Goldie Sams, who lives in Kentucky, refused to rent a house she owned in Vienna, W.Va., to Theodore and Darlene Paul and their five children. The Pauls dealt primarily with Andrew Brooks who looked after the house, arranged for repairs, and forwarded the rent to Sams. Brooks told Theodore Paul that Sams would not rent to his family because they had too many children. Sams told Paul that she was concerned that the children would be unattended and would cause damage to the house. Paul told Sams that the children would never be unattended because Mrs. Paul was a homemaker. Paul even offered to take out extra insurance on the house in case of any damage.
After the conversation with Paul, Sams spoke to Brooks once more, advising him that she was leaving the decision in his hands. Brooks later told the Paul family that he had talked to Sams and she still did not want to rent to them because there were "too many children." Sams then instructed Brooks to advise prospective tenants that the property would be limited to families of no more than two adults and two children.
As reported in the March/April 1994 Advocate, Judge Chaitovitz ruled that Sams and Brooks had violated the Fair Housing Act by denying housing to the Pauls because of their familial status. Chaitovitz ordered Sams and Brooks to pay the Pauls a total of $25,621.25 for out-of-pocket expenses, loss of housing opportunity, and emotional distress. He also imposed a $5,000 civil penalty on Sams and a $250 penalty on Brooks. The amount of the award was based on the fact that the Pauls had been forced to move into a small apartment and pay more rent.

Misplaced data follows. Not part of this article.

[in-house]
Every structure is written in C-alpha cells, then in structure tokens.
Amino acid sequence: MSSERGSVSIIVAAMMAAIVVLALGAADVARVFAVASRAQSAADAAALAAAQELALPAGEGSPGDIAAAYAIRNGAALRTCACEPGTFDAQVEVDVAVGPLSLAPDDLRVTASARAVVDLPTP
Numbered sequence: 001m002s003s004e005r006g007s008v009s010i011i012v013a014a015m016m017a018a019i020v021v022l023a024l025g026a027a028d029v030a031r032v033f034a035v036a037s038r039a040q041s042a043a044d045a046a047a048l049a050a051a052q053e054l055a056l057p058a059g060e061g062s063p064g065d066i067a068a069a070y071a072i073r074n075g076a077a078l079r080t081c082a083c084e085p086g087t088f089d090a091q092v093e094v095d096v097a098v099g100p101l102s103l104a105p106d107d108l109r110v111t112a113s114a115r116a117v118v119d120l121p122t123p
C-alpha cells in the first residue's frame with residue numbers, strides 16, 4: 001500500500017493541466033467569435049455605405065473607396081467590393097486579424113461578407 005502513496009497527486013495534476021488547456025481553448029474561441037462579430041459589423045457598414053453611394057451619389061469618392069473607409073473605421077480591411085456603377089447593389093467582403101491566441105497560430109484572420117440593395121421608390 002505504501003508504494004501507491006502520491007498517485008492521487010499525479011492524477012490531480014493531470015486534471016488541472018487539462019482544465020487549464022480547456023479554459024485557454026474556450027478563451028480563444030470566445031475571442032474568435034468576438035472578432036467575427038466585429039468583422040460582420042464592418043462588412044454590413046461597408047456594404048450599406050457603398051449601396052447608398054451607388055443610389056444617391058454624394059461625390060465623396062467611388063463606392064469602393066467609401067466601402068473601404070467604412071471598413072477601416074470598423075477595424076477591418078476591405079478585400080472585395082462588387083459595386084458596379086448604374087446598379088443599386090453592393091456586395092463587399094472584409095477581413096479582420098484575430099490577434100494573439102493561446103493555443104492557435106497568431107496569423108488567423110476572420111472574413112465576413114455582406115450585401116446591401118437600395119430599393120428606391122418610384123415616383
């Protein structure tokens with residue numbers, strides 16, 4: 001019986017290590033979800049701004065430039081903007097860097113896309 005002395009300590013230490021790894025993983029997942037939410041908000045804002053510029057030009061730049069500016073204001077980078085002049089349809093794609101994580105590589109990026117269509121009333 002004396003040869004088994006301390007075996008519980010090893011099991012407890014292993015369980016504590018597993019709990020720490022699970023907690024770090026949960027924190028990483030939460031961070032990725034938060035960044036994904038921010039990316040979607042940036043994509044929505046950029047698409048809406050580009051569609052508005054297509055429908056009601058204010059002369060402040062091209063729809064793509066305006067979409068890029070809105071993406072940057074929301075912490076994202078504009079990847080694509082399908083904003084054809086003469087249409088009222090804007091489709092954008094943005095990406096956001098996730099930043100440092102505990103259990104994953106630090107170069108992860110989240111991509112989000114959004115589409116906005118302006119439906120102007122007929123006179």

Sams and Brooks appealed the judge's decision to the U.S. Court of Appeals in the Fourth Circuit. Sams argued that she did not discriminate against the Paul family. She claimed that she would not have rented the house to seven adults, and was only trying to establish an occupancy limit at her rental property.
In a per curiam decision reached in February, the 4th Circuit held that the decision of the administrative law judge was supported by substantial evidence on the record. According to the court, the evidence showed that Sams' refusal was not based on the desire to establish a reasonable occupancy limit, as she claimed. The court noted that when Brooks showed Paul the house he did not mention an occupancy limit; that Sams told Paul that she thought large families were destructive; that she refused to rent to the Pauls even after they offered to obtain insurance against the threat of destruction; and that Sams instructed Brooks to change the lease to limit occupancy to two children.
Brooks argued that he should not be held liable because he was not officially employed by Sams and that he only looked after the house as a favor to her. The appeals court affirmed Brooks' liability as an agent of Sams and ruled that the damage award was supported by the record and was not excessive.
[Sams v. HUD, No. 94-1695, 996 U.S. App. LMS 449 (CA-4 1-16-96)] Counsel: C. Blaine Myers, Parkersburg, W.Va. (Sams); David K. Flynn, Department of Justice, Washington, D.C. (U.S.)